Posts Tagged ‘Calle Abraham Nunez’
Sunday, July 11, 2004
With reference to garbage-free streets our thoughts strayed off to the famous spotlessly clean streets of Switzerland and Singapore when the local council’s magistrate stated that here in Boca Chica too it is strictly against the law to throw garbage into public thoroughfares. We were very pleased, indeed relieved, to hear this at a meeting held this week in the principal office of the local Boca Chica council.
With this pronouncement as the starting point we felt very hopeful that a garbage disposal problem in our vicinity that has been gnawing at us for all too long could be resolved fairly soon. The problem is a simple one: irresponsibility. Incomprehensibly it is not even the usual adage of “not in my back yard” that applies, for there are four businesses in our immediate vicinity who have been consistently throwing all kinds of garbage into our common street area precisely in their and our own back yard. We are pleased though to be able to report that general garbage collection improved markedly with the introduction of an almost unfailing daily pick up when the council distributed a set of garbage disposal rules as far back as early 2001. However this has merely served to make our very local problem even more pronounced.
After numerous approaches and complaints one of the local council officers took it upon himself to circulate a letter of invitation to the meeting… at least we presume it started out as a circular although we never saw any other copy than that received by our friend in another affected neighboring business, Restaurant Verde Luna. We pounced upon this long-awaited opportunity and breathed new life into the circular by copying it and handing it on. At the appointed hour on Tuesday morning there were four representatives of the affected area, notably all only because of our circular-regenerating effort, and predictably none of the alleged street trashers were present.
Fortunately for us the council officers and the magistrate took the matter, having photographic evidence placed in their hands, seriously and called for representatives from the four alleged street despoilers. Three of the four were found and the magistrate spelt the situation out very clearly: that what they were doing is against the law and that if anybody is seen doing the like again it should be reported directly to him for it is he who has the authority to send the police and apply sanctions. There was talk of fines being applied, also of more punctual garbage collection and even of a public sign being erected for information purposes, but more importantly the meeting broke up in positive mood with more than one of the former miscreants acknowledging how good it would be for even for their own business if the back yard were to be kept just as clean as the front yard.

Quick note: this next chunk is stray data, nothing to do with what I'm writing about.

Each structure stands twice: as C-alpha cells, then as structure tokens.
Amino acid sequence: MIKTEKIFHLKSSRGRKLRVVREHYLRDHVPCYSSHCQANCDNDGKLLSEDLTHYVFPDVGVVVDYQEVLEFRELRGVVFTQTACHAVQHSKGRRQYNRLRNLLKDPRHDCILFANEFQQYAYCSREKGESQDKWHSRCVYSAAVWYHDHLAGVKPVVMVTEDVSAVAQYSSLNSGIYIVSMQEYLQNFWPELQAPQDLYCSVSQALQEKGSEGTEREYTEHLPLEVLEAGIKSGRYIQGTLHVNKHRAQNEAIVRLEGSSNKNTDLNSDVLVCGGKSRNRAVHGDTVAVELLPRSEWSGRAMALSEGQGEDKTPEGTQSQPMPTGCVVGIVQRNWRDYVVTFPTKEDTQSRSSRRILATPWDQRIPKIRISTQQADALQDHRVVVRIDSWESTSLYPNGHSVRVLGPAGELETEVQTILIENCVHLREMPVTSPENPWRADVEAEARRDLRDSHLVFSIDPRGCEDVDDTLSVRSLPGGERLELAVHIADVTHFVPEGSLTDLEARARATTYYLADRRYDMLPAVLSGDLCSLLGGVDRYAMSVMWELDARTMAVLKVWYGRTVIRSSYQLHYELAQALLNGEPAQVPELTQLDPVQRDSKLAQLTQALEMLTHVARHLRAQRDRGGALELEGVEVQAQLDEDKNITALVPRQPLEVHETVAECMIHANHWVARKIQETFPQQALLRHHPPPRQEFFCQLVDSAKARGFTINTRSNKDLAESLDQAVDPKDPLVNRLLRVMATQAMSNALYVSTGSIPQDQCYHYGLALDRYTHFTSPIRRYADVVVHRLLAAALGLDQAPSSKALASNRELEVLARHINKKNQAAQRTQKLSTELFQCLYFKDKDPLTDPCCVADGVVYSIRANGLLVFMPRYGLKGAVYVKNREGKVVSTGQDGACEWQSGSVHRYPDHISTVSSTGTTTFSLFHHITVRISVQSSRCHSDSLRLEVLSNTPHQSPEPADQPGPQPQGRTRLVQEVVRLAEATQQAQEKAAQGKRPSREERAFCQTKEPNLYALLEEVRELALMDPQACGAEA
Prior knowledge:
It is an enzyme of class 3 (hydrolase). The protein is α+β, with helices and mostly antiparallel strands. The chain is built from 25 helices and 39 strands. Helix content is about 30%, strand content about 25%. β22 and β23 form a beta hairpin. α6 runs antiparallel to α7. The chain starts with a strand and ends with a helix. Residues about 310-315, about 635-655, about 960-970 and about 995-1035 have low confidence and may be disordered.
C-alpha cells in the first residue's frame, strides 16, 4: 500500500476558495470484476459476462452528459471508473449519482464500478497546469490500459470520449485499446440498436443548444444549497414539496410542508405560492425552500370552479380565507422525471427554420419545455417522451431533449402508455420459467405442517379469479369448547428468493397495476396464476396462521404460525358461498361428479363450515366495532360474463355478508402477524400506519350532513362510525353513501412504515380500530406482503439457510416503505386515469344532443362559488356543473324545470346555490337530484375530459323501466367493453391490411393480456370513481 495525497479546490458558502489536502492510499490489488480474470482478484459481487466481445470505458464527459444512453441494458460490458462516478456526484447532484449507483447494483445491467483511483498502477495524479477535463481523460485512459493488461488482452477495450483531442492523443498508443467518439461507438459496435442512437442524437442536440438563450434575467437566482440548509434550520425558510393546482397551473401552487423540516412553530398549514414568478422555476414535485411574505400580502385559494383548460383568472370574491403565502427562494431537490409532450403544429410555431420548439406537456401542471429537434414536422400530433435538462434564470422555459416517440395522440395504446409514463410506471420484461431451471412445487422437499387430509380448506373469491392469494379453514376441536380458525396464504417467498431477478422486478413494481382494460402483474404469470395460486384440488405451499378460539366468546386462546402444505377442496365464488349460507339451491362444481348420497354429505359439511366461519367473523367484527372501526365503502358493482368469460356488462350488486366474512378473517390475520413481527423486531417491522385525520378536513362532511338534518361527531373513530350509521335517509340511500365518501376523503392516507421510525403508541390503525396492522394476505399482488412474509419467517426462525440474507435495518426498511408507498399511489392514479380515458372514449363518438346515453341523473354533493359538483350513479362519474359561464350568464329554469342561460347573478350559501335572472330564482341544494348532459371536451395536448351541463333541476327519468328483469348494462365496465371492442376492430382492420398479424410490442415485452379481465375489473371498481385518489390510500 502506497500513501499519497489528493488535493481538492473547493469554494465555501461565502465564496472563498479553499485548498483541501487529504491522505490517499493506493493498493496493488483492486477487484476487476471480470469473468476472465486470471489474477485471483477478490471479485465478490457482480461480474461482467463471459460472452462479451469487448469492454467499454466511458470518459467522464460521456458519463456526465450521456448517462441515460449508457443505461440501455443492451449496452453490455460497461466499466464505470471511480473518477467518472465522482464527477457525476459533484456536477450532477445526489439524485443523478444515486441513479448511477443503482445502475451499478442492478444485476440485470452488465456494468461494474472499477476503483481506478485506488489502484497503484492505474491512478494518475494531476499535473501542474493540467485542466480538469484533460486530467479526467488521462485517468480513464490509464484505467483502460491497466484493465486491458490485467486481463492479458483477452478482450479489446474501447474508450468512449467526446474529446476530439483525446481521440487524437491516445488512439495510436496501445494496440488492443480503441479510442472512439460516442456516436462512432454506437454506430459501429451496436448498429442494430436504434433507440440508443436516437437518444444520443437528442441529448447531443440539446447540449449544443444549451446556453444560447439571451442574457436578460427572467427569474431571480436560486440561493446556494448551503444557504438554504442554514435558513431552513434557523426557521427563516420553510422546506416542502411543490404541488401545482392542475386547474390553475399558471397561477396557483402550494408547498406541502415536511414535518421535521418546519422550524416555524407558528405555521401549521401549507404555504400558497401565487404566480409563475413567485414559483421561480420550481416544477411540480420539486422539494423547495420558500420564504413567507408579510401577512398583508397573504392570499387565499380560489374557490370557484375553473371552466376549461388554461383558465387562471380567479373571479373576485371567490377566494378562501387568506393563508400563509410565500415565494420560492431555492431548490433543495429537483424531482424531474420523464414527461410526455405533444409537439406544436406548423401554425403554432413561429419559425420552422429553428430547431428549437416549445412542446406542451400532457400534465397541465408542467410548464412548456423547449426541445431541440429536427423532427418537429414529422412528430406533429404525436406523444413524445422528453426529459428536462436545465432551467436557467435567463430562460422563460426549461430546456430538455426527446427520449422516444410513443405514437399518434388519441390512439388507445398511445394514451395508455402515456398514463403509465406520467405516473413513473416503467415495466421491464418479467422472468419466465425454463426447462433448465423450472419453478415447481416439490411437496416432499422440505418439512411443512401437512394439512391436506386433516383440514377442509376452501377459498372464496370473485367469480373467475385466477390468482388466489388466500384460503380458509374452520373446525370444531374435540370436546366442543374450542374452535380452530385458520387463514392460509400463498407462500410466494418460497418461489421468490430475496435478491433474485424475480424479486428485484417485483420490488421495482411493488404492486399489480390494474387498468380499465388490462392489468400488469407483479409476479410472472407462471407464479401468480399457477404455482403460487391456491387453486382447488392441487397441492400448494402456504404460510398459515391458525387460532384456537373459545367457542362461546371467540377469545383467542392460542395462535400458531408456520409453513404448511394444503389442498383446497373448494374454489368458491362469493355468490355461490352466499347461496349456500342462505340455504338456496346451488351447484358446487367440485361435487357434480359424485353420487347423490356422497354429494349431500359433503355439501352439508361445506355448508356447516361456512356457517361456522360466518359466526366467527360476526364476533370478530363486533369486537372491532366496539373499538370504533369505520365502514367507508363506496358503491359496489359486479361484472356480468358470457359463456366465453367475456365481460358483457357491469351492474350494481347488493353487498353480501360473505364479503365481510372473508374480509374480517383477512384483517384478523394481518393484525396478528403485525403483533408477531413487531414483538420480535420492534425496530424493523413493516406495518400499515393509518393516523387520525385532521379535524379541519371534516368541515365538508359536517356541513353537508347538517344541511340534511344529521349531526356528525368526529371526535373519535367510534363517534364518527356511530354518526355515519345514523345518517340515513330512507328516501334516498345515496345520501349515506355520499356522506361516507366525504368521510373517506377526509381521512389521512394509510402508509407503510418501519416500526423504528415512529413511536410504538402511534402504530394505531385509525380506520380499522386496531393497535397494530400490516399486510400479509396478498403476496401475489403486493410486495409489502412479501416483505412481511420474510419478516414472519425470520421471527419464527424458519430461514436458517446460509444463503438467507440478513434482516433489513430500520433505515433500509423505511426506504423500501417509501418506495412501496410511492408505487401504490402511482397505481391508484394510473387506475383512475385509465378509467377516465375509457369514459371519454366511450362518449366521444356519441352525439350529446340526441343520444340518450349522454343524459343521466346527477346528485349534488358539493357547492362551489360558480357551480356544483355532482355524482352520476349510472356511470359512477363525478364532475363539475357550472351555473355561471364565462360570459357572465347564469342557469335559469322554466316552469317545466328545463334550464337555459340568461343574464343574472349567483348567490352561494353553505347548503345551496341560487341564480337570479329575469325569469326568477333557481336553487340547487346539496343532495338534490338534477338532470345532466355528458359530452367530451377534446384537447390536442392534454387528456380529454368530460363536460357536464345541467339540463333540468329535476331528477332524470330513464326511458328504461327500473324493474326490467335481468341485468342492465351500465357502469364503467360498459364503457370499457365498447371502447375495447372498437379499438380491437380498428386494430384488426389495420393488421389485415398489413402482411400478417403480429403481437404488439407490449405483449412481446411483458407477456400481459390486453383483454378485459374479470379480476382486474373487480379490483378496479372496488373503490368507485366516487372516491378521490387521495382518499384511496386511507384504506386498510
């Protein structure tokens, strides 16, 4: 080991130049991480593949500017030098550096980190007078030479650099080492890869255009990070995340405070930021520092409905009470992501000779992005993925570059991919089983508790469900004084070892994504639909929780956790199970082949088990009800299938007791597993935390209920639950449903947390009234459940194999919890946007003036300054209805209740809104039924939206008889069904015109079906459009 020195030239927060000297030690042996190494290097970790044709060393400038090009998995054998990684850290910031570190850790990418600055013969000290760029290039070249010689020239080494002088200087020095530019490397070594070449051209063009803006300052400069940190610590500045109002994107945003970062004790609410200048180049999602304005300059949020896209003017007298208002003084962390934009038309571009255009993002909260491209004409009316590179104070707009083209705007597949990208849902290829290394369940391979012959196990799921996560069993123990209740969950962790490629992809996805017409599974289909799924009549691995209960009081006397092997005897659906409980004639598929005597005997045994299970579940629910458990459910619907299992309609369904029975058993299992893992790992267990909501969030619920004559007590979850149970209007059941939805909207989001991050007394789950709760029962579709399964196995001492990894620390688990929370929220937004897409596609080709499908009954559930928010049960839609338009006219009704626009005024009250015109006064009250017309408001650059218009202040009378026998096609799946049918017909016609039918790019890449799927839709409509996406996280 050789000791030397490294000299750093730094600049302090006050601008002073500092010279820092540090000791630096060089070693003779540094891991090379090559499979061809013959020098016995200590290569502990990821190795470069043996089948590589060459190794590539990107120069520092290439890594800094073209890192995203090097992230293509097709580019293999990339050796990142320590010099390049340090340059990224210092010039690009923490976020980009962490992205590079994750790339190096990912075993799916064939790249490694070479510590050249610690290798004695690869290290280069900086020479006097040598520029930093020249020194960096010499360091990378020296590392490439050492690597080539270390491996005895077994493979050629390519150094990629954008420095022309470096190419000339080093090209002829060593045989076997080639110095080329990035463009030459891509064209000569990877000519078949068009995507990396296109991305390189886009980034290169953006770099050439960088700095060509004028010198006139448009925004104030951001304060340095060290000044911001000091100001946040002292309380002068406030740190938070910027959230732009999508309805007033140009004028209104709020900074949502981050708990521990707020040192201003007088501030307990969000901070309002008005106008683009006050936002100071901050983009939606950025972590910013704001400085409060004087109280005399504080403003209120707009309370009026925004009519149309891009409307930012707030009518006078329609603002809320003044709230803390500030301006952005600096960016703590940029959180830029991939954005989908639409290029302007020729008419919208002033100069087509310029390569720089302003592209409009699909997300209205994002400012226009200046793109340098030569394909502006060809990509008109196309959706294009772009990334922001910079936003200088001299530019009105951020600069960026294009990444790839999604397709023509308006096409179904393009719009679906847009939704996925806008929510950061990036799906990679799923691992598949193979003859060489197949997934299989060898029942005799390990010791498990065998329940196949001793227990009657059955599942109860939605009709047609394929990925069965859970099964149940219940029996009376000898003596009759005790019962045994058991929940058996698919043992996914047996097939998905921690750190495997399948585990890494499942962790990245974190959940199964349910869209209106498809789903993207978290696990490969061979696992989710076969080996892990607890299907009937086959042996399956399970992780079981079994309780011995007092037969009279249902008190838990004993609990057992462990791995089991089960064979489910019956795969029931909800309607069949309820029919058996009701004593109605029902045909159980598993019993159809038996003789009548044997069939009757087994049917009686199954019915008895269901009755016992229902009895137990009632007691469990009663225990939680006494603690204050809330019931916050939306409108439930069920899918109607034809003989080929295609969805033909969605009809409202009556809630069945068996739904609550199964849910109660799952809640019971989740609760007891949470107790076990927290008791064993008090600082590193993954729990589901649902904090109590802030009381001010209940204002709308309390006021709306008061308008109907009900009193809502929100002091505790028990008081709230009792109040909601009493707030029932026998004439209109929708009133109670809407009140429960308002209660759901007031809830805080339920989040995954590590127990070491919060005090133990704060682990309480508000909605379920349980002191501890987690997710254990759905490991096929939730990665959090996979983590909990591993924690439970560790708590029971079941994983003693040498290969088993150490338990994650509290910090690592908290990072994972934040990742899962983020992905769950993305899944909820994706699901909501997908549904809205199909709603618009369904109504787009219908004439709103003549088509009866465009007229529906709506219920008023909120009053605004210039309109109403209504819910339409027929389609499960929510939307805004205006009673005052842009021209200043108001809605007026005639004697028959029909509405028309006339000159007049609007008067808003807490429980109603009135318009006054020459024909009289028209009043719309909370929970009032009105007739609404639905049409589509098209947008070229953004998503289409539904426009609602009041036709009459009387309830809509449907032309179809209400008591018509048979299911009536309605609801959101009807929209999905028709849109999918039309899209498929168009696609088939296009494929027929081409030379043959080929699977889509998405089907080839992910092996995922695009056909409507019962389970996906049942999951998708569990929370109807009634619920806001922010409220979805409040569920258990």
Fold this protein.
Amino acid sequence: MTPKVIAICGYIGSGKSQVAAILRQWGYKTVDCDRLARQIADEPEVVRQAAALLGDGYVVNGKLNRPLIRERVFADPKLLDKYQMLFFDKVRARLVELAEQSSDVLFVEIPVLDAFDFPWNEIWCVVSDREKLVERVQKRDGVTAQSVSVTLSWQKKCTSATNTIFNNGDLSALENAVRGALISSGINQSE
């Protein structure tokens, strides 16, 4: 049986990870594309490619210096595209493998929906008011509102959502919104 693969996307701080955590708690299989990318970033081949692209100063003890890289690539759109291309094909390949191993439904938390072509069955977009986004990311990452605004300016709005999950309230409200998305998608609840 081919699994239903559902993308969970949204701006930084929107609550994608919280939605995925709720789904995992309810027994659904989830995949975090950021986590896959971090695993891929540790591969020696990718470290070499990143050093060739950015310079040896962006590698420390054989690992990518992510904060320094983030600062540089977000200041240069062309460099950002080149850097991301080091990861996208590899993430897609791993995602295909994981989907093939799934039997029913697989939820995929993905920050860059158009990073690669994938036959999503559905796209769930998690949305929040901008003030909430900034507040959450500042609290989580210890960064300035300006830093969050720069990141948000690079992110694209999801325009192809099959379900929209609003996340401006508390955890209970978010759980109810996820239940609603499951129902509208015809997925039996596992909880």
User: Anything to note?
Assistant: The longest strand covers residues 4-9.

We were left to ponder just two things: how would a Swiss or Singaporean local council have handled the three year ebb and flow of street garbage and what actually happened to the original circular of meeting invitation?
Meanwhile seven years later:
We may be critical, though usually with tongue in cheek, of organizational difficulties from time to time in these parts but it has to be said garbage collection has maintained its high level of efficiency ever since those awkward days.
Friday, October 24, 2003
Calle Abraham Nunez where we are located is a very short uncomplicated street; and when we moved in we asked the local postman what number the property was. “No. 3”, he said very forthrightly. All right, we thought, #3 it is! Nice simple number, we are more or less at the beginning of the street and above all the postman recognized it as such.
We haven’t had any difficulties with being #3 in general, but merely observed that the water company has us down as #13, the cable TV company as numberless and the electricity company as #8. However, further to this we couldn’t help noticing the other day a very large #52 being painted on the wall of a restaurant next door but one to us! We do know it is a situation not entirely rare around these parts but we mention it by way of backdrop to an even more entertaining story I heard at the bar the other day from a friend and customer. He owns a restaurant in Calle Caracol… one of the principal streets leading from the high street up to the main freeway running between Santo Domingo and San Pedro. He has always believed that his property was #15 only to discover that Hotel Hamilton almost opposite also uses #15. He was further surprised to then discover that the florist shop some doors down on his own side also uses #15. He visited the post office to try and point out what he thought was a ludicrous situation. The post master said “Well, actually that isn’t too bad because if you carry on up your road and cross the freeway there are actually fourteen #24s.”
Meanwhile seven years later:
After some considerable time had passed we discovered that #3 Calle Abraham Nunez was not unique to us either. Calle Abraham Nunez had indeed been a long coastal road in days gone past and although it appeared to begin a few yards to the east of us that in fact was merely the recommencement of a road that could be trailed well beyond and out of sight beyond the hotel Hamaca. We have yet to learn exactly how many #3s exist in that parallel universe.